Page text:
While these many new parties want a piece of the pie, the eventual winner will be the one that controls the serving dish – the owner of a platform connecting players to customers that governs when and where cash and data flow. Such a platform could be the key to generating insights with real commercial potential and impact for healthcare players. While insurers are well positioned to act first, they don’t currently have access to a broad enough mass market segment and suffer from a relatively low level of consumer trust. However, regional telcos and banks don’t necessarily fare better in this regard. This opens the door for regional disruptors such as Grab, CXA, or Ping An to expand outside their home markets and offer broadly accessible products to underpenetrated markets in Asia.
3. The New Space Race: Asian R&D and Innovation Accelerate
The center of innovation and engineering for medtech and devices is beginning to shift towards Asia. Last year, China developed its first drug-releasing heart stent, and many companies are developing research partnerships with local universities, medtech firms, and hospitals. Singapore and China have made massive investments to attract biotechnology to their shores and creating new global hubs, such as China’s Zhangjiang Pharma Valley.
At the same time, the “CRISPR” babies controversy that originated in a Chinese university at the end of 2018 has also opened a Pandora’s box over the ethics, consent, and morality of gene editing. It also showed some parts of Asia might be prepared to redefine and bend some international norms. If fields like gene editing will be the space race of this generation, we can likely expect key advances to come from the power players in this region, given the large number of research projects combined with looser regulations than in the West.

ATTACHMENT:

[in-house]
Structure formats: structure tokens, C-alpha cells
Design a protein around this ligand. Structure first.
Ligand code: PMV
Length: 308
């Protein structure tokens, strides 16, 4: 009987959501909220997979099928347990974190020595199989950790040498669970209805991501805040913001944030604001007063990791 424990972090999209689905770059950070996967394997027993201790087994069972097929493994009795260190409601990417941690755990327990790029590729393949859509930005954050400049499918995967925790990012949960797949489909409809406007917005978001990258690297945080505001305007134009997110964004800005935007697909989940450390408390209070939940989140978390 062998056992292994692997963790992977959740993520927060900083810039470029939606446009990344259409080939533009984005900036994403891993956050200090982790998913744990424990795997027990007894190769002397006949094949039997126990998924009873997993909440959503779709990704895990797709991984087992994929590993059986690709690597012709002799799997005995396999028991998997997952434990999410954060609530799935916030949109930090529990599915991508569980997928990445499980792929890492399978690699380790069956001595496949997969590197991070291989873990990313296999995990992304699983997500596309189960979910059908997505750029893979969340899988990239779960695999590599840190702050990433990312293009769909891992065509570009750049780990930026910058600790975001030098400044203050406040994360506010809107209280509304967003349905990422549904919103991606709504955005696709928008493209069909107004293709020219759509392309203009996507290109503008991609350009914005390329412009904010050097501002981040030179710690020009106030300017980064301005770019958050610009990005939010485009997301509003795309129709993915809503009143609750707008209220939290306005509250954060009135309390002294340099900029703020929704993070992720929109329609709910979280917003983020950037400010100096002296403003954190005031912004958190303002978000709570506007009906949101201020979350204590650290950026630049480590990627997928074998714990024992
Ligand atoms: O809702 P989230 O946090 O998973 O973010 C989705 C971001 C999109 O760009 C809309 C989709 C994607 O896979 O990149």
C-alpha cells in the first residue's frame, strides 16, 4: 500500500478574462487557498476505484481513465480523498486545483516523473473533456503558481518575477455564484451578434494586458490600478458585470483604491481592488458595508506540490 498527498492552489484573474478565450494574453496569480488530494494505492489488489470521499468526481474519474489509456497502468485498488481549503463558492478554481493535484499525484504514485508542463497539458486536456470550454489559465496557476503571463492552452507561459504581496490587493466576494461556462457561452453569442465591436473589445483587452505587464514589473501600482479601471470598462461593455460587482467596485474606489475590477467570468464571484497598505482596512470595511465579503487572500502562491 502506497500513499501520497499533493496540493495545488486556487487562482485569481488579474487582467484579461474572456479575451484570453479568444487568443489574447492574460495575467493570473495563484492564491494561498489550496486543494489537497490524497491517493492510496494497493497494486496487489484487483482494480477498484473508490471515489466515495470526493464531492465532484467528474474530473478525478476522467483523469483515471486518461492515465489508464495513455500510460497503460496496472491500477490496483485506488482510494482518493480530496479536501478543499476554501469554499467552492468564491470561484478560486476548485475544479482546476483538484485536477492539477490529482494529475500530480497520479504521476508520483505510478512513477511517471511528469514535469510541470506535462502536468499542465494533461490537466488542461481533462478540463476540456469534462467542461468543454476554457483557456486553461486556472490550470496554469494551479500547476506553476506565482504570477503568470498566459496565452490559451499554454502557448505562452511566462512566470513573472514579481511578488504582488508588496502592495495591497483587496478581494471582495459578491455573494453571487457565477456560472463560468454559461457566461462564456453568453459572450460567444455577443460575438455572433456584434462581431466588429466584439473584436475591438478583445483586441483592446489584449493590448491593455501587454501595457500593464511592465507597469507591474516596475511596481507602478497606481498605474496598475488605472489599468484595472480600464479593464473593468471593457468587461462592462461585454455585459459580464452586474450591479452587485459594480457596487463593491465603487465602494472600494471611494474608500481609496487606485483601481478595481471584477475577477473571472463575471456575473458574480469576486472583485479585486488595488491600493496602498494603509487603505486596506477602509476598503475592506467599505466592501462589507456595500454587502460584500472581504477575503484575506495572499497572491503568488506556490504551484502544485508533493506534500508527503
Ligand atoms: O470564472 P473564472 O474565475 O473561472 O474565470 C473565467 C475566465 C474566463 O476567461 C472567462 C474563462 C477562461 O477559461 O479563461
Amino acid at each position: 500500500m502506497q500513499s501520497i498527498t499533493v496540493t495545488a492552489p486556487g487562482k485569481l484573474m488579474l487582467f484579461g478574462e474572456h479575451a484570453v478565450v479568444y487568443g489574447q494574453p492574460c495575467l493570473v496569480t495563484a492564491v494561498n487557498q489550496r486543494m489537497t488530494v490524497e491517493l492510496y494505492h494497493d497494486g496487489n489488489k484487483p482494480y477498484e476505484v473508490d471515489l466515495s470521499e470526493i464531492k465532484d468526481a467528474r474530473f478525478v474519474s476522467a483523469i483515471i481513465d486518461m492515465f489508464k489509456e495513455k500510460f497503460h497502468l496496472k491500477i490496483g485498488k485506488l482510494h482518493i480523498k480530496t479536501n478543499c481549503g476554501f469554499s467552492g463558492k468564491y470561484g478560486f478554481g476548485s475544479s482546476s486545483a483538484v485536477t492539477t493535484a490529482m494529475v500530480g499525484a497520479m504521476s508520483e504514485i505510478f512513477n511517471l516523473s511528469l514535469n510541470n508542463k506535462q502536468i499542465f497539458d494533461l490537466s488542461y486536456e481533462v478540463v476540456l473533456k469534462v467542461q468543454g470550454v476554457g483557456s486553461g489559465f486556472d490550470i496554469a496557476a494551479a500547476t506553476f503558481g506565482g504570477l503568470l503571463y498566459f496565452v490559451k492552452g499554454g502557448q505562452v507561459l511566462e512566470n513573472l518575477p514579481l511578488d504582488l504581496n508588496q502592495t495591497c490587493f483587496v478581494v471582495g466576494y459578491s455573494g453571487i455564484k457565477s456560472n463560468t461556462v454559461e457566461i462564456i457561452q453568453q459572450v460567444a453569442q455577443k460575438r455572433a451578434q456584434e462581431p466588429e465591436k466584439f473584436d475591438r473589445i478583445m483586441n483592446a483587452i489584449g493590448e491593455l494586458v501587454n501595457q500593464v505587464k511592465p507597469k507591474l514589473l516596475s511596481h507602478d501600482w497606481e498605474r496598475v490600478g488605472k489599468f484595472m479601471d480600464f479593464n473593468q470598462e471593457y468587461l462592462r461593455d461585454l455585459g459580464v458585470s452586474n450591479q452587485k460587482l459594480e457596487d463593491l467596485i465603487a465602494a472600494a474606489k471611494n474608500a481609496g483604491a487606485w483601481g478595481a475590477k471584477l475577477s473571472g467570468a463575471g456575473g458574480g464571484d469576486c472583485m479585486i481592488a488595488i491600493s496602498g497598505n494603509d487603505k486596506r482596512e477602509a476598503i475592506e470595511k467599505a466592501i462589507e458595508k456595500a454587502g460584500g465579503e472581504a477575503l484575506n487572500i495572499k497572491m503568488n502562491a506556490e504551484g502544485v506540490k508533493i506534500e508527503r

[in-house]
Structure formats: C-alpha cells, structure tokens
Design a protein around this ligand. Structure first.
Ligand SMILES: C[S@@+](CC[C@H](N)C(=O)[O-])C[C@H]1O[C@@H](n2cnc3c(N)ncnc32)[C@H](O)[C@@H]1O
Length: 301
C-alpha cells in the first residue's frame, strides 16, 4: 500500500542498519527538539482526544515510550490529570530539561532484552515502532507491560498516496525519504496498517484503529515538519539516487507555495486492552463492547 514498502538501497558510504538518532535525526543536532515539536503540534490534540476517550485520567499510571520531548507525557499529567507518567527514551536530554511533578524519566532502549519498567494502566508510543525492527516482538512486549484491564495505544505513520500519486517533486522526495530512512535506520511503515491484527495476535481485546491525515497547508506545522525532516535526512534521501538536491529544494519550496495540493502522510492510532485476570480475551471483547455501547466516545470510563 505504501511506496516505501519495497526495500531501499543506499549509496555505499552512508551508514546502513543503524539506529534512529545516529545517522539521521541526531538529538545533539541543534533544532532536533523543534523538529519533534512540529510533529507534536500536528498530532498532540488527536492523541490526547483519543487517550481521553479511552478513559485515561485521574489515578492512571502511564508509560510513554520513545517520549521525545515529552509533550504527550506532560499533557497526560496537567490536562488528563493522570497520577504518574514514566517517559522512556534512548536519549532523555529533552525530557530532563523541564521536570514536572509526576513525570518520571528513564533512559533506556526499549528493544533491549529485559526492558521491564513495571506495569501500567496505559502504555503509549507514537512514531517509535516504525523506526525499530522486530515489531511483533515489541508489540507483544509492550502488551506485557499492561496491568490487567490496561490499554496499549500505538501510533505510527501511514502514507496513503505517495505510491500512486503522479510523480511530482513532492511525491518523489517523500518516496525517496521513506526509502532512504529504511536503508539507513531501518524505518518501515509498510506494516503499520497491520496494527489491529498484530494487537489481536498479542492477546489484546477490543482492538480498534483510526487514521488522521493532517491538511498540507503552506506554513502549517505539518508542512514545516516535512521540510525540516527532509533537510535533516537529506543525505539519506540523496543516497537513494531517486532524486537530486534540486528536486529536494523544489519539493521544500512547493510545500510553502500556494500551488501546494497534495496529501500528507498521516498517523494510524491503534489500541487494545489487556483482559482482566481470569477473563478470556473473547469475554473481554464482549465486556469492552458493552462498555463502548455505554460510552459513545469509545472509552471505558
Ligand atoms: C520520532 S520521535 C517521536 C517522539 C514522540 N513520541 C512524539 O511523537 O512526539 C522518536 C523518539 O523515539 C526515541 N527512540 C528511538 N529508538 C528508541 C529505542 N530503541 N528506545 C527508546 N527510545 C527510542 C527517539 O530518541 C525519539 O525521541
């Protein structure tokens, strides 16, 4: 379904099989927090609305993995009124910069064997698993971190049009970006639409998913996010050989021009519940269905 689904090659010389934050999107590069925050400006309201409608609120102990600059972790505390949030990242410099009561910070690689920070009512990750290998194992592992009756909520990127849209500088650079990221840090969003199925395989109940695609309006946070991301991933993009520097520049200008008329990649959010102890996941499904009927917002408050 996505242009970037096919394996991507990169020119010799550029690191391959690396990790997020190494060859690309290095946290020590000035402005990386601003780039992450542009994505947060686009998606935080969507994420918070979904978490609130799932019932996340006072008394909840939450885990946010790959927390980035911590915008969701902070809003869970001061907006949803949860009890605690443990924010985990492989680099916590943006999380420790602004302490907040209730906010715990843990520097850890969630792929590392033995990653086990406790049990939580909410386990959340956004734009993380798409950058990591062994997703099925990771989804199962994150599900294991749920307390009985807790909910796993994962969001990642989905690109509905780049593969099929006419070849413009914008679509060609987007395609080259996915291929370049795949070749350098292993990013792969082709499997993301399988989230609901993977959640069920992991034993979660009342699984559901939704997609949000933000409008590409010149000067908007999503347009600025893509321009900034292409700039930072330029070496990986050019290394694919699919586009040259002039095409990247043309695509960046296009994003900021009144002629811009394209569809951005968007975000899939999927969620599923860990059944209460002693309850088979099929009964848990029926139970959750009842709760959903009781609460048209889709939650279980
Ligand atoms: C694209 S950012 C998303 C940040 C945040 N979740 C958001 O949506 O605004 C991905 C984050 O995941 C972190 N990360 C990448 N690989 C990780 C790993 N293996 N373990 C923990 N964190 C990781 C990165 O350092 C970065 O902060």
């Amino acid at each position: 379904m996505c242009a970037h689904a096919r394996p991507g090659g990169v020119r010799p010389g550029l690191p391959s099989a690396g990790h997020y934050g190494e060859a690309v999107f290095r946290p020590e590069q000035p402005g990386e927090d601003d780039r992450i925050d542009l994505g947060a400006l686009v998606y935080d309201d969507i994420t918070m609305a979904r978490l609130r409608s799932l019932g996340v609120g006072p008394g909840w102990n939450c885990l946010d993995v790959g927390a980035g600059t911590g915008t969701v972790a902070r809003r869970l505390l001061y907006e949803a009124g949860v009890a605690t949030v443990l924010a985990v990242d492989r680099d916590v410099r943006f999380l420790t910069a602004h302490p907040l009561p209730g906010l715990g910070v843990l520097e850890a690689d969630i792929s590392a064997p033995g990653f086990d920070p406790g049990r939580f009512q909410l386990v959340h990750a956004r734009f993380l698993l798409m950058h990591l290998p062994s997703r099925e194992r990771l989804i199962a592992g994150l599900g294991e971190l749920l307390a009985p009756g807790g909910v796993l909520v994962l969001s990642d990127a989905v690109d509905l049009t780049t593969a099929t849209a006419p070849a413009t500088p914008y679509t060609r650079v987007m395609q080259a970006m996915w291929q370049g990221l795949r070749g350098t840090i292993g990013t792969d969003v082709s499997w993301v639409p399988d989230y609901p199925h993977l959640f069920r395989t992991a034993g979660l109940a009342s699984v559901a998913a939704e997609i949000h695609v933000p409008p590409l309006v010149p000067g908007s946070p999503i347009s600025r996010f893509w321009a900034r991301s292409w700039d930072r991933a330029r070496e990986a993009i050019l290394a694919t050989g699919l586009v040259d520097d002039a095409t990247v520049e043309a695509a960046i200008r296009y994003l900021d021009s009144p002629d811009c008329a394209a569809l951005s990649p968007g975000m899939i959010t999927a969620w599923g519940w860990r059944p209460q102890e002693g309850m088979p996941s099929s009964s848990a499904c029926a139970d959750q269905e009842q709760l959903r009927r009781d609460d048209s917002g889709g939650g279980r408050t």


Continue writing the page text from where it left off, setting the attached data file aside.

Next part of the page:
4. Digitalization and Cyber Risk Hand in Hand
Along with the automation and integration that we predicted in 2018 comes a need to invest in cybersecurity. 2018 was a year of leaks and breaches: In the 12 months to October 2018, 27 percent of healthcare organizations reported a cyberattack. Even Singapore’s much-lauded public healthcare system experienced a high-profile data breach affecting 1.5 million patients, as did Hong Kong. More attacks are likely to occur, and it takes almost five times as long to detect an intrusion for companies in the Asia-Pacific region compared to global counterparts.
Governments are increasingly beginning to understand the risks and how to mitigate them. Singapore, for instance, has responded swiftly and strengthened its healthcare cybersecurity introducing several new measures. That will likely trigger a growing wave of hires for cyber security roles and technology investment in the region. While larger insurers, hospitals, and other stakeholders have gradually built up their cyber resilience, smaller players will also need to make investments in order to retain customers. Public tenders for digital health projects will have lengthy sections assessing risk, given the high-profile nature of these attacks.
The Future Pace of Change
Even with the global geopolitical climate in its most tenuous, unstable state in recent memory, the pace of healthcare change will continue steadily; it must, because Asia’s populations are growing older and sicker. In partnership with BRINK and Marsh & McLennan Insights, we will shine a spotlight on major themes in Asian healthcare throughout 2019.